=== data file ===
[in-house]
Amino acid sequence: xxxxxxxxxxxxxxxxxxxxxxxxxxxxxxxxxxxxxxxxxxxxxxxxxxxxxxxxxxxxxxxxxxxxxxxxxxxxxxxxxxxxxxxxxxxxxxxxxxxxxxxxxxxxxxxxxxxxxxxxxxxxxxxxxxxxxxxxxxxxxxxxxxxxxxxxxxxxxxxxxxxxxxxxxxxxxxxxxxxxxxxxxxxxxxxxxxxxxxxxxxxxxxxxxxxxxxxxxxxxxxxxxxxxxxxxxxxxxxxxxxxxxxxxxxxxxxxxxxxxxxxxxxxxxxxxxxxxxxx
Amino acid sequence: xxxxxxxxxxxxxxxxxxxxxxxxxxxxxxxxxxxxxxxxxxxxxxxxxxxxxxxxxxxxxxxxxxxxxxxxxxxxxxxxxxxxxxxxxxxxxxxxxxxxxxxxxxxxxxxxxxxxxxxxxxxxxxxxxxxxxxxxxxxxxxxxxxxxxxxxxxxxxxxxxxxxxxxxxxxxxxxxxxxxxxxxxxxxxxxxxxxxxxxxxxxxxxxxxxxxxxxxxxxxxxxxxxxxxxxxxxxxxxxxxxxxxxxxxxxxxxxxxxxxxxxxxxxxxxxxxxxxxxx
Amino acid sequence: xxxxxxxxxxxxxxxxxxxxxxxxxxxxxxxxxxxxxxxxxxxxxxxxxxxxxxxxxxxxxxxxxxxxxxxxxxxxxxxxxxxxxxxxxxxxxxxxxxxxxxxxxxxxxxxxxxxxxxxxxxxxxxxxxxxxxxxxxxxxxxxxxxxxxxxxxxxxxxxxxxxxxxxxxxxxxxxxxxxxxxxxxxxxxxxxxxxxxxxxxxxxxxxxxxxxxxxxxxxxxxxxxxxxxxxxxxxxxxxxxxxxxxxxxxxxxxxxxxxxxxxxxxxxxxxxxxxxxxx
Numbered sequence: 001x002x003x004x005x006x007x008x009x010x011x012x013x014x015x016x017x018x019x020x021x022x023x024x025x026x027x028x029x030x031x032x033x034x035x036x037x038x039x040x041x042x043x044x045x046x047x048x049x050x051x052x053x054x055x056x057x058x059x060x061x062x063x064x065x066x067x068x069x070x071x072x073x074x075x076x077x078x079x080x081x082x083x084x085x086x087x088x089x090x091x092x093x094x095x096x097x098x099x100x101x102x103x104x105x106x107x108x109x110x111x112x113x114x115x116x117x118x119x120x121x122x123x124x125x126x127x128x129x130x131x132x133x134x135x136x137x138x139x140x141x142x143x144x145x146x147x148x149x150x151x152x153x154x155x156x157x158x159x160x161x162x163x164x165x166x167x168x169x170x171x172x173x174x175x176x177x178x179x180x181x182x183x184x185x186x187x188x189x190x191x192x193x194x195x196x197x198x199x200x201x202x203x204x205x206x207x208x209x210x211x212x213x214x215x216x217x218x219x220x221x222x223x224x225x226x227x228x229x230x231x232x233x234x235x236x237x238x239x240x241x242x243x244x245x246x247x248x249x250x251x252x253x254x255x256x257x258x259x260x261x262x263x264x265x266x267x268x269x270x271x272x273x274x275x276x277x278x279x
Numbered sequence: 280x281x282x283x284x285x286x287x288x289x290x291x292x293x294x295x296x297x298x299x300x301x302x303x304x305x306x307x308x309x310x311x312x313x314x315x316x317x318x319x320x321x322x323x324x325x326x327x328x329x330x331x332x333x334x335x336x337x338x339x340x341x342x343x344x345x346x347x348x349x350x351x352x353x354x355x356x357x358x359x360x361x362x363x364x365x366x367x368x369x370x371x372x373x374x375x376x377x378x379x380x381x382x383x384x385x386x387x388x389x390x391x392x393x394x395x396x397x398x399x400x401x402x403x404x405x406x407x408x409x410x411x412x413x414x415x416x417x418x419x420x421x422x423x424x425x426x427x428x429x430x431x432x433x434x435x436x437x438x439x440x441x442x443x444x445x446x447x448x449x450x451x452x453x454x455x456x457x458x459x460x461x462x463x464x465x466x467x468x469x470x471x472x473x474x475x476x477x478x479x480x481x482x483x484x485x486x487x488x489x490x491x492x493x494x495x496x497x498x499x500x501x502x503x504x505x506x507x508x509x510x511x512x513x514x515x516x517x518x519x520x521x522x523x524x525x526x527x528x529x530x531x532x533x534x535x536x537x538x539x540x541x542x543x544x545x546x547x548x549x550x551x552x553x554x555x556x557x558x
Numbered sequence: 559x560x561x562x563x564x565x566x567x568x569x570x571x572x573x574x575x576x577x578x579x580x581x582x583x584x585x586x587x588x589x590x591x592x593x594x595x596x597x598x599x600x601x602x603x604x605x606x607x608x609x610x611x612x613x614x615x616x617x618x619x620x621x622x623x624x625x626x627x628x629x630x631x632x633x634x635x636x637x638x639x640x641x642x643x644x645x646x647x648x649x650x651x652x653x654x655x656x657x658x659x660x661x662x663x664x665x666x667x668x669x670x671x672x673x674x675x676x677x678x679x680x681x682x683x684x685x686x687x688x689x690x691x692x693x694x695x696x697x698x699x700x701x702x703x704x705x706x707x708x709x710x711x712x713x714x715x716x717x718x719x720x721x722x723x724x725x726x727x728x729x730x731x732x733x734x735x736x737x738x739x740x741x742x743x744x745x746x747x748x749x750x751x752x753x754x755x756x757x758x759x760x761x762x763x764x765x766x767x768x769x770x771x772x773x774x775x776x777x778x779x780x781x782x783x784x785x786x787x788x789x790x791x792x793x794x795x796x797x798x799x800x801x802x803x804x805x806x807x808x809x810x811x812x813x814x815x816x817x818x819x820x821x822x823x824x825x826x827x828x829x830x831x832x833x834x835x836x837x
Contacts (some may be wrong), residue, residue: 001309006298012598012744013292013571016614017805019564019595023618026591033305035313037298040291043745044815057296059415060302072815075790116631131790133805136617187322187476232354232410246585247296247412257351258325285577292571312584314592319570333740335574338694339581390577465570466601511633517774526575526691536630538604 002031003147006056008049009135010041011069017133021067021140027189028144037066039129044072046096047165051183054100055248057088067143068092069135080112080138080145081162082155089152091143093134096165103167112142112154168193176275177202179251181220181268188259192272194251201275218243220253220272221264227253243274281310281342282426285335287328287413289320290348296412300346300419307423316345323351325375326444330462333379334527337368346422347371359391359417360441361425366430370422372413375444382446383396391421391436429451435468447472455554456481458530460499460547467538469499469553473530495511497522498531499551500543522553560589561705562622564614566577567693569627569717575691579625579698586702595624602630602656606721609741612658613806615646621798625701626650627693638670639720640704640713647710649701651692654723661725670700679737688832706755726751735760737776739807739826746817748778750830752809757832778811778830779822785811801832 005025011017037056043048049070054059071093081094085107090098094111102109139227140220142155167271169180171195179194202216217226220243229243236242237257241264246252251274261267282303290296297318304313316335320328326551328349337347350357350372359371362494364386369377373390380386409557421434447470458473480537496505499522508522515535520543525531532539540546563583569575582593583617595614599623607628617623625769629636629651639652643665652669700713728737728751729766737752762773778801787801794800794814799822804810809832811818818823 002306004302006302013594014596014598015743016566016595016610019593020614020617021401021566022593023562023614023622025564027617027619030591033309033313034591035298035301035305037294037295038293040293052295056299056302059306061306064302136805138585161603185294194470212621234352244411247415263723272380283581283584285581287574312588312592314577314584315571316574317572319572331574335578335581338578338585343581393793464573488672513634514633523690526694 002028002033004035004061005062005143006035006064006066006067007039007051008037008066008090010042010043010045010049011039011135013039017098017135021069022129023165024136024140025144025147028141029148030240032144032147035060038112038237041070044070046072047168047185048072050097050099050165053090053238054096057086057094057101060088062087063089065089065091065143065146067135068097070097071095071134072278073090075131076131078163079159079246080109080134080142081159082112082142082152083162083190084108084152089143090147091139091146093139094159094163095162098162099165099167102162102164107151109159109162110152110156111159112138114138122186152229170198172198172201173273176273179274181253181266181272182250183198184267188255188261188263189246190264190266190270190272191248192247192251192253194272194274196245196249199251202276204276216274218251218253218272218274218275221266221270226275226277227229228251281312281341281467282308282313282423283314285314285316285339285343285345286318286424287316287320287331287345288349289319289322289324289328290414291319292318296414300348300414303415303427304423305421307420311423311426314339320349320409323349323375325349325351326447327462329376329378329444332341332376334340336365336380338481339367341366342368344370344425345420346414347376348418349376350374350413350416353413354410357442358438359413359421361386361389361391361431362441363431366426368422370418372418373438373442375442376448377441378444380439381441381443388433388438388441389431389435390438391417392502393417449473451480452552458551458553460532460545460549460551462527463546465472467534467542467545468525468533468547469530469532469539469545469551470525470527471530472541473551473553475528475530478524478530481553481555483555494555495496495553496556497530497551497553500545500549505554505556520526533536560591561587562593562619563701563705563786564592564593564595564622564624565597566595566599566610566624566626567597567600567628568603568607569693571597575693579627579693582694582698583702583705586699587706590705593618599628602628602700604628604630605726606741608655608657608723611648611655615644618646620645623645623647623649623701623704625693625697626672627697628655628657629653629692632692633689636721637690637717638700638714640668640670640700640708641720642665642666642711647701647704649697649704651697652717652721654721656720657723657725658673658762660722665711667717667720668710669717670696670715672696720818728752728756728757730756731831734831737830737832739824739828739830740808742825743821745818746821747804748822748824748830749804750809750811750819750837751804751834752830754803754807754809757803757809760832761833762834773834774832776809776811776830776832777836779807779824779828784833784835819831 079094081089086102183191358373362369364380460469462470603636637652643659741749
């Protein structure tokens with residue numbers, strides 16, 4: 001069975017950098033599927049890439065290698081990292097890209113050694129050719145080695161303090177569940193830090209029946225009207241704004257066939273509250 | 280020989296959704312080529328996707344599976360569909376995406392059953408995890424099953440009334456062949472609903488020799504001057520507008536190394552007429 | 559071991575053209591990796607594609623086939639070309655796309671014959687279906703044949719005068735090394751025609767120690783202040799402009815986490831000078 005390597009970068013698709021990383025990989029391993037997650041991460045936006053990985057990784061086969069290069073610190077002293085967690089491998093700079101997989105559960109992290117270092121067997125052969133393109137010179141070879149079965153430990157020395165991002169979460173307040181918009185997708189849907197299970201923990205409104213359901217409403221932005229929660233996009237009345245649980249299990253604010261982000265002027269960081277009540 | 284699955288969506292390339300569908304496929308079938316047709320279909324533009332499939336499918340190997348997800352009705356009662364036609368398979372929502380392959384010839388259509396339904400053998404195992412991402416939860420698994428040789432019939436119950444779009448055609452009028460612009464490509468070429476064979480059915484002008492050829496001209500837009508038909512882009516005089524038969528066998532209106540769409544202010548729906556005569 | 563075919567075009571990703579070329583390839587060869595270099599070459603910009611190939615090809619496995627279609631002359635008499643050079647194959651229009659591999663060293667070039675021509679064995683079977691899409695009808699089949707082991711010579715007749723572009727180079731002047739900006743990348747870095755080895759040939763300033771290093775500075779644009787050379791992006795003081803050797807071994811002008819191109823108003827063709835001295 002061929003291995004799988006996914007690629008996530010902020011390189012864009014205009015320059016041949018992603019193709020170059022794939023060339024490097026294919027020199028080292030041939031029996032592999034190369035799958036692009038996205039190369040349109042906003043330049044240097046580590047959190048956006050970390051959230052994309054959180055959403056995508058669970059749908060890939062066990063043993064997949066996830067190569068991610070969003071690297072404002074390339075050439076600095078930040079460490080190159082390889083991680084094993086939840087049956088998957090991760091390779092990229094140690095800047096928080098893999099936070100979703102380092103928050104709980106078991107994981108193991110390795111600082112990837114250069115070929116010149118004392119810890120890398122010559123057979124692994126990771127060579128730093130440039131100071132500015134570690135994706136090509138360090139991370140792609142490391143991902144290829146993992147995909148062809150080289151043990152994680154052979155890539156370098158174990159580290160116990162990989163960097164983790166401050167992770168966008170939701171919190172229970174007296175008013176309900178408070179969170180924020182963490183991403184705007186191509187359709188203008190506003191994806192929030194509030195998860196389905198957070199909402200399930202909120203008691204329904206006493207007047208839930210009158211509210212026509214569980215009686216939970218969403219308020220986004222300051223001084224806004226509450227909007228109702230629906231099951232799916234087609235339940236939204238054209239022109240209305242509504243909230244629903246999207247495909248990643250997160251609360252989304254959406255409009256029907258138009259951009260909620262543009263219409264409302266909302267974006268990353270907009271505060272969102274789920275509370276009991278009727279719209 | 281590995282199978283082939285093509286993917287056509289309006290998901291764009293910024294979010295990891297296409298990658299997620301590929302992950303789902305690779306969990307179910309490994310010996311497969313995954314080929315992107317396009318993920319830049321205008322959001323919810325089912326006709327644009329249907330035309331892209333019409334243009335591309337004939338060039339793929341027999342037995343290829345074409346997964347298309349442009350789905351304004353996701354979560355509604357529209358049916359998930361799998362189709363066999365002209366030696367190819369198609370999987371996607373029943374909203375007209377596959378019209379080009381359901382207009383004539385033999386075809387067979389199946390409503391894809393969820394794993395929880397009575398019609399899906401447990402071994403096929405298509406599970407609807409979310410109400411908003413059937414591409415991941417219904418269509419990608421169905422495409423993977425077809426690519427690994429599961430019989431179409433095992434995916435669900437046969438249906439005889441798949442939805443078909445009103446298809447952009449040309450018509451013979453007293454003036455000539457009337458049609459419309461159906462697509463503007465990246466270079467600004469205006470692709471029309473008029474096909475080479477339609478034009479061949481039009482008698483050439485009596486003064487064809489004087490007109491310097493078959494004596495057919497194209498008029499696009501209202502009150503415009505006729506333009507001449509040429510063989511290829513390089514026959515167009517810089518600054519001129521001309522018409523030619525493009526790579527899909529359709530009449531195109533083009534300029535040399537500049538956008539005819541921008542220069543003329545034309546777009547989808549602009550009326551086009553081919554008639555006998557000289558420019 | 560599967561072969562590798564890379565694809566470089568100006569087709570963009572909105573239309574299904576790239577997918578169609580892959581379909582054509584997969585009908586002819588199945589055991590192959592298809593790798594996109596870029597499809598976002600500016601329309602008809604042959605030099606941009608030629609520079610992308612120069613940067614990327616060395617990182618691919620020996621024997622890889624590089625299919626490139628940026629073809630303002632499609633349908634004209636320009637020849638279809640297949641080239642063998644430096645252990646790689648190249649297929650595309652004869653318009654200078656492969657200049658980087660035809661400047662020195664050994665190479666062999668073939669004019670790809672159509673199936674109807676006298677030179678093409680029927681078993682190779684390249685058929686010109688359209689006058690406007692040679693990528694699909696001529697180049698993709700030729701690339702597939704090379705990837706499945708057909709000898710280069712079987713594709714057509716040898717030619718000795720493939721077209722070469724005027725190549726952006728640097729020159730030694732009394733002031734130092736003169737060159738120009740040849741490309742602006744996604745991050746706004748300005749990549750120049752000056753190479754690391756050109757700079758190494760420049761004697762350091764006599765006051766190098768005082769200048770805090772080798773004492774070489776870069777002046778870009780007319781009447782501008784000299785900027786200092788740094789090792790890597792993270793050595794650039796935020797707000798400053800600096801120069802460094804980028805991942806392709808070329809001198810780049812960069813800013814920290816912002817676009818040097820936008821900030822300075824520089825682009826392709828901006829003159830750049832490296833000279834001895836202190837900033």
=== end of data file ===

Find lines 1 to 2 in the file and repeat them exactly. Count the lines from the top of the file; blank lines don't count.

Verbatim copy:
[in-house]
Amino acid sequence: xxxxxxxxxxxxxxxxxxxxxxxxxxxxxxxxxxxxxxxxxxxxxxxxxxxxxxxxxxxxxxxxxxxxxxxxxxxxxxxxxxxxxxxxxxxxxxxxxxxxxxxxxxxxxxxxxxxxxxxxxxxxxxxxxxxxxxxxxxxxxxxxxxxxxxxxxxxxxxxxxxxxxxxxxxxxxxxxxxxxxxxxxxxxxxxxxxxxxxxxxxxxxxxxxxxxxxxxxxxxxxxxxxxxxxxxxxxxxxxxxxxxxxxxxxxxxxxxxxxxxxxxxxxxxxxxxxxxxxx